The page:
Margenthaler, Elaina , Benzing, David H. , Holst, Bruce K. , Summers, Carly F. , Clark, John L. , Clark, John R. .
Comparative phylogenetic analysis of the origin and frequency of epiphytism among three disparate plant families: Bromeliaceae, Gesneriaceae, and Orchidaceae.
Epiphytism has evolved numerous times across disparate plant lineages including mosses, ferns and seed plants. Although thousands of species exhibit epiphytism and many of these have a high tolerance for the often xeric environment of forest canopies, no single character is unique to epiphytic plants. Adaptations that counter aridity are numerous (e.g., CAM metabolism, drought-deciduousness, etc.) and are shared by epiphytes and terrestrials alike. However, by retracing and studying the evolutionary history of epiphytes, we may identify unique combinations of characters or heretofore unknown factors affecting the success of these plants. In this study, we utilize phylogenetic comparative methods to explore the independent origin and evolution of epiphytism among three disparate plant families, each containing a relatively large number of epiphytic genera: Bromeliaceae (Poales), Gesneriaceae (Lamiales), and Orchidaceae (Asparagales). By providing a phylogenetic framework to study epiphytism, we may better understand how these species are both similar and radically different from one another. Using extensive sampling across bromeliads, gesneriads, and orchids from Marie Selby Botanical Gardens living collection, and sequence data from GenBank, we analyze plastid and nuclear ribosomal genic regions using maximum likelihood and Bayesian phylogenetic methods to construct phylogenetic trees. Parsimony, likelihood and Bayesian methods are then used to reconstruct the origin and evolution of various structures and physiologies along these evolutionary topographies. We interpret the evolution of epiphytism in terms of shared, derived characters and the frequency and distribution of these characters among the three families. We also compare various methods for reconstructing life history traits and the relative strengths and weaknesses of these methods are explored.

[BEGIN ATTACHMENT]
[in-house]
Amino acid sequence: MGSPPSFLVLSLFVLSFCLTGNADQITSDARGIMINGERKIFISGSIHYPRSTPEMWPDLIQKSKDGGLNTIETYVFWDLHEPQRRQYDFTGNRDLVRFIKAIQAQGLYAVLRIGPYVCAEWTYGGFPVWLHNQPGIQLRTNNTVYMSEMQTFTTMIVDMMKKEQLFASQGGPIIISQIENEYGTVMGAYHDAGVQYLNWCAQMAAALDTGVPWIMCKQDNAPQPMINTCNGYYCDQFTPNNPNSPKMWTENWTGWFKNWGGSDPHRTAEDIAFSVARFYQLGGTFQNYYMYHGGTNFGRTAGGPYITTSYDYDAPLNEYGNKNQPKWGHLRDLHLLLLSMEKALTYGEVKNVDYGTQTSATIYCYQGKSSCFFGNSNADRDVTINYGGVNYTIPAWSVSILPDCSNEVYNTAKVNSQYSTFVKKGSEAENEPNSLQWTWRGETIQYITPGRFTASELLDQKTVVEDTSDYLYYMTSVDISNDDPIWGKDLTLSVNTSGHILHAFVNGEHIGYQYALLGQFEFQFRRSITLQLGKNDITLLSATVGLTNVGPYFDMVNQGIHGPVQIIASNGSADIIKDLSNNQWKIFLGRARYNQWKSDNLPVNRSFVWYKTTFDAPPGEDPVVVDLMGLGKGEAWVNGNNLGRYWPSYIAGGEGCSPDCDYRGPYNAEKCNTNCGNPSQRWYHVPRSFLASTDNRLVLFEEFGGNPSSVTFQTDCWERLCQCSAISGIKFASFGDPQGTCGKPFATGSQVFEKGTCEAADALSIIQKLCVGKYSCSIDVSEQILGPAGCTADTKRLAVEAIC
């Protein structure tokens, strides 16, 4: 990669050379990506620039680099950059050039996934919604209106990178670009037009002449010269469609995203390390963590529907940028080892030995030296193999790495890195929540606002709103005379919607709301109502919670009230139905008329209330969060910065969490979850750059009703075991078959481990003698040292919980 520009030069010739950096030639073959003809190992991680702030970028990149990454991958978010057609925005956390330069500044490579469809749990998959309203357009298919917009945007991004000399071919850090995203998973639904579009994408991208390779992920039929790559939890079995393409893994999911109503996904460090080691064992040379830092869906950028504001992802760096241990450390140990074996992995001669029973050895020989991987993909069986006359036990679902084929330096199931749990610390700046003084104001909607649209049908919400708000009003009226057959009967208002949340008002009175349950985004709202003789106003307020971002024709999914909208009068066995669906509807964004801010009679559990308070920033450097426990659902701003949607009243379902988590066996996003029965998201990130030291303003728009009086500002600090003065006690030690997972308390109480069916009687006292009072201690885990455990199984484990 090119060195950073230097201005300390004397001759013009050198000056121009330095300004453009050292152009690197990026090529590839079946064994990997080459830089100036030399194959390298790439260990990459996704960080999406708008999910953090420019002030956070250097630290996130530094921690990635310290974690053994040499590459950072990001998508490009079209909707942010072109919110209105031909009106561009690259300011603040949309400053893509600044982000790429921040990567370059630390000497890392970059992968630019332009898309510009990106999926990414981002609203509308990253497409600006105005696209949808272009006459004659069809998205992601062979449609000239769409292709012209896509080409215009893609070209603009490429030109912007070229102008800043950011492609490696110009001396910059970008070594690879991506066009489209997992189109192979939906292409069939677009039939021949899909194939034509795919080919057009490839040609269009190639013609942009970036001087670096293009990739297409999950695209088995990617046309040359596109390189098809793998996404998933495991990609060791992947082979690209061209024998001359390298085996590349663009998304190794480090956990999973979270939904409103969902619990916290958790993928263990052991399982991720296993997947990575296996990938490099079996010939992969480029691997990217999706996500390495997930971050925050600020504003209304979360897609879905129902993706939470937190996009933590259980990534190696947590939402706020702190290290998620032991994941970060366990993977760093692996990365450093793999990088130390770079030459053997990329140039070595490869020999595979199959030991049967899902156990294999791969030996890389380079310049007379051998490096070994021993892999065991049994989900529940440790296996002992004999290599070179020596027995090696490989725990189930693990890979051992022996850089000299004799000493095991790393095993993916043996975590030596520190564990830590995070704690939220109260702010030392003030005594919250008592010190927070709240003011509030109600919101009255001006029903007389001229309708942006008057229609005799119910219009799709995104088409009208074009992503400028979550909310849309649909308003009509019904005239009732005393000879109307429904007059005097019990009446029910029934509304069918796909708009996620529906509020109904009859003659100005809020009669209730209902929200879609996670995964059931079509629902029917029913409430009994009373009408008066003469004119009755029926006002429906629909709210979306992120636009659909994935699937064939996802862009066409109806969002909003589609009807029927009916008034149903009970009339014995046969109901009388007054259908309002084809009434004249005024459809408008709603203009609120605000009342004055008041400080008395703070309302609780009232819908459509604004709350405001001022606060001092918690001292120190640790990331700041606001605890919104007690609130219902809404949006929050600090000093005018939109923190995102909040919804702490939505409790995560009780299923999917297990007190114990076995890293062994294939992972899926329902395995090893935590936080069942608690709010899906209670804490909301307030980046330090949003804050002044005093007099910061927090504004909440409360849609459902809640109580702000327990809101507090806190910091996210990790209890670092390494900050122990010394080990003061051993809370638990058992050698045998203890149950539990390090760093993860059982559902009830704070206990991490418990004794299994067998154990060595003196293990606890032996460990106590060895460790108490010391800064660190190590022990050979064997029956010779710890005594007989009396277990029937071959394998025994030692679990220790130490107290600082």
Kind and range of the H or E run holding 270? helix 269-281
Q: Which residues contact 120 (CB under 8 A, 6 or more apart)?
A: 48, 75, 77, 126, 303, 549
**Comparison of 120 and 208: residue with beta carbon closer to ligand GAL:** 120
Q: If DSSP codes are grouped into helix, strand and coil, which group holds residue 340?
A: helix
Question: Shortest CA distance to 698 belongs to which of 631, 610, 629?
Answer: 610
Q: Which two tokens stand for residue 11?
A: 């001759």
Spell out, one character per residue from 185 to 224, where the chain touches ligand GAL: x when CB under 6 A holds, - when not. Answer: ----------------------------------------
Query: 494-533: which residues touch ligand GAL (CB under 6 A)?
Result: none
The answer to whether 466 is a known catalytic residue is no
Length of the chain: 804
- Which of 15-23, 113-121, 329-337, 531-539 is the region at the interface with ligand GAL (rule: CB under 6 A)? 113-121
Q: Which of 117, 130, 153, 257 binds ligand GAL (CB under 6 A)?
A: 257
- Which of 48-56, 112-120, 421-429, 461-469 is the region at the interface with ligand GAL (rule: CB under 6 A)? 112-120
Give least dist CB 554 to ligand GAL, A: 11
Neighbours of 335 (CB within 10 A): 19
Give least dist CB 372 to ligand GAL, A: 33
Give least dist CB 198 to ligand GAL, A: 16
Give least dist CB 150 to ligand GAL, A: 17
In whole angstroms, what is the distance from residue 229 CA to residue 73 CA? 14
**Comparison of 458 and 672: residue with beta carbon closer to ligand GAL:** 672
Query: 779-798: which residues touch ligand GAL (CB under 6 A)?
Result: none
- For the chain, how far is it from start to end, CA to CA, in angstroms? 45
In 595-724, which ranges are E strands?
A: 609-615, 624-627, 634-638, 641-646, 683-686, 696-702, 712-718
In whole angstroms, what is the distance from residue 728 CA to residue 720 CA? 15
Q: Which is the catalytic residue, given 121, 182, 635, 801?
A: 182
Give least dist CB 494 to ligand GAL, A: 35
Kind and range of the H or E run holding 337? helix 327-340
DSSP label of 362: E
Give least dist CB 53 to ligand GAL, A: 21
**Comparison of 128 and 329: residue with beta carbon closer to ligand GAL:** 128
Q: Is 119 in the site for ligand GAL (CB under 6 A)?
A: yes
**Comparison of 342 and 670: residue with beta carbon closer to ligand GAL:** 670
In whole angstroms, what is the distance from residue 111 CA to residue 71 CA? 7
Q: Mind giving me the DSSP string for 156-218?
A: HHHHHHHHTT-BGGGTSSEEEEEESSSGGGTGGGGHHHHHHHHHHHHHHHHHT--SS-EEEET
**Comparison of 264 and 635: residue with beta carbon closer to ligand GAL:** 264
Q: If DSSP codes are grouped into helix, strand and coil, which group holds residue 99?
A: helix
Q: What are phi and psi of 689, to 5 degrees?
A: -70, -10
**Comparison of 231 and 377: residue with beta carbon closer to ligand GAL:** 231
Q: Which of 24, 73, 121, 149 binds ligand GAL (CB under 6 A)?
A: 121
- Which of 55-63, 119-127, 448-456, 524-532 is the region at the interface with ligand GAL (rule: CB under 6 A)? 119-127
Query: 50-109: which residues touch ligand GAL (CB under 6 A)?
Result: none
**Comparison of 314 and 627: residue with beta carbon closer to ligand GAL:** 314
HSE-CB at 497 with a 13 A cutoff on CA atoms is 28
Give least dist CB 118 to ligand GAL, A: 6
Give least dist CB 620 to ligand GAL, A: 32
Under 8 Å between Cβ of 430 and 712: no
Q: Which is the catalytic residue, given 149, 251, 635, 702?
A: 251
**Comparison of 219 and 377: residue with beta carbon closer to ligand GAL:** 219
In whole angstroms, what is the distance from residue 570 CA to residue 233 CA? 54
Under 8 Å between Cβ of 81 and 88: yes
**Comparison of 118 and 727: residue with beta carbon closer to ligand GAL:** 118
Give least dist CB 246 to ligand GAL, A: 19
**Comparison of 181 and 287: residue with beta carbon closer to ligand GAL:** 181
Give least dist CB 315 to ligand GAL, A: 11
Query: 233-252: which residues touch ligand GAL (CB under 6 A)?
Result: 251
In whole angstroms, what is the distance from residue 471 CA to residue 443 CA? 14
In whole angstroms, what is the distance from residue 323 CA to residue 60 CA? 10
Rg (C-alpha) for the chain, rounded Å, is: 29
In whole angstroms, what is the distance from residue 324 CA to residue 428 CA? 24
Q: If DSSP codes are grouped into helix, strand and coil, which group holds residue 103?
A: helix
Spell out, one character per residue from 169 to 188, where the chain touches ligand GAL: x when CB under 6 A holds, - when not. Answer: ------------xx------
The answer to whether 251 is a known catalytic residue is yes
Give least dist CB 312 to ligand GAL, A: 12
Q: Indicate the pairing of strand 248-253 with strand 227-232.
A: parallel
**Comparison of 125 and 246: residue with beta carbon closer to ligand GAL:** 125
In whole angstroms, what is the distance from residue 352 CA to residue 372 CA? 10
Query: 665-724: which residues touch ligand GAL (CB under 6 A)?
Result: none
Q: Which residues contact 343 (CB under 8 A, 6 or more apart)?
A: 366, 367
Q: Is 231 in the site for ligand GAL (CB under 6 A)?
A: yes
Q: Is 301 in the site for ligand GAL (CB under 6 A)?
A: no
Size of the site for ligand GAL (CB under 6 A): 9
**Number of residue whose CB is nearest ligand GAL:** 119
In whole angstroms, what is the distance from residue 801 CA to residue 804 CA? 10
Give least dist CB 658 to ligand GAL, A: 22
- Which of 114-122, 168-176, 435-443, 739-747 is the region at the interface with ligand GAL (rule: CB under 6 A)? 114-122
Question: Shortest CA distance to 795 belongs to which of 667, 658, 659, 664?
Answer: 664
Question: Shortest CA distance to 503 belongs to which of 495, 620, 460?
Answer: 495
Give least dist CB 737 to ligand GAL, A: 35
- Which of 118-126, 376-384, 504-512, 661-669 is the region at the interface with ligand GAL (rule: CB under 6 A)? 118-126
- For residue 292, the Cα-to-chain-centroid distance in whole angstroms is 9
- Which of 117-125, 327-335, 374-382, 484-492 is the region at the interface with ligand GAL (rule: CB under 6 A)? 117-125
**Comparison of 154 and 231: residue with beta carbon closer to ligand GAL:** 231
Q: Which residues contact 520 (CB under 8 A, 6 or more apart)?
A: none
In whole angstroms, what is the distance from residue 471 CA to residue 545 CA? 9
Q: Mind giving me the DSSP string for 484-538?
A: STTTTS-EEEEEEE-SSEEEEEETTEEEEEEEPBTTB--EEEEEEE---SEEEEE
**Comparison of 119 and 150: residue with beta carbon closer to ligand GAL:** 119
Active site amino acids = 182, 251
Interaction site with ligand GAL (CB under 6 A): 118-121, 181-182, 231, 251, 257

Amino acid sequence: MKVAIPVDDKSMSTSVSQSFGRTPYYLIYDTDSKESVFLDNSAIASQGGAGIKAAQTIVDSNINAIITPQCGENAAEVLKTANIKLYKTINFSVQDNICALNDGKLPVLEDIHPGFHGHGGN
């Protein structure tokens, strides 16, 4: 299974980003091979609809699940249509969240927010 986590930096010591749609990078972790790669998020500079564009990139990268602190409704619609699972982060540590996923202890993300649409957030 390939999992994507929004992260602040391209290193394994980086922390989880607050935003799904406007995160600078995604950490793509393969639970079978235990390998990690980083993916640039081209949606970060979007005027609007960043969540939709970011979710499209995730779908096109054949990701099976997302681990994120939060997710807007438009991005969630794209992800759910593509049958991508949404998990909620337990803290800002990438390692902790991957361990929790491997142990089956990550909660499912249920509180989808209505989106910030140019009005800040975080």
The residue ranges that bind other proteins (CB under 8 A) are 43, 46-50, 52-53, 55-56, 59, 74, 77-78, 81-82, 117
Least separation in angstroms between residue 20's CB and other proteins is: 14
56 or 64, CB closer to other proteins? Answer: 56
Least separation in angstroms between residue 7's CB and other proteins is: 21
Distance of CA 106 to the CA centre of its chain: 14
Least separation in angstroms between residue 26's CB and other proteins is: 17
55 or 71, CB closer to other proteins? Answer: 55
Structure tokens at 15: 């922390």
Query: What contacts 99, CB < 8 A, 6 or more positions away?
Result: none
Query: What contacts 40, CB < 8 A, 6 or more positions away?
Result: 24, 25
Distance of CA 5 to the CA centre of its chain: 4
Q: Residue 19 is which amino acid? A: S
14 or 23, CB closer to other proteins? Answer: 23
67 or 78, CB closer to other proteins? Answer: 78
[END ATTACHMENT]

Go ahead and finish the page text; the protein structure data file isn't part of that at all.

Log in to add this item to your schedule
1 - Marie Selby Botanical Gardens, Gesneriad Research Center, 811 S. Palm Ave., Sarasota, Florida, 34236, USA
2 - Marie Selby Botanical Gardens, 811 S. Palm Ave., Sarasota, Florida, 34236, USA
3 - Marie Selby Botanic Gardens, 811 South Palm Avenue, Sarasota, Florida, 34236-7726, USA
4 - University of Alabama, Department of Biological Sciences, Box 870345, Tuscaloosa, AL, 35487, USA
Presentation Type: Poster:Posters for Sections
Location: Hall A/Convention Center
Date: Monday, August 2nd, 2010
Time: 5:30 PM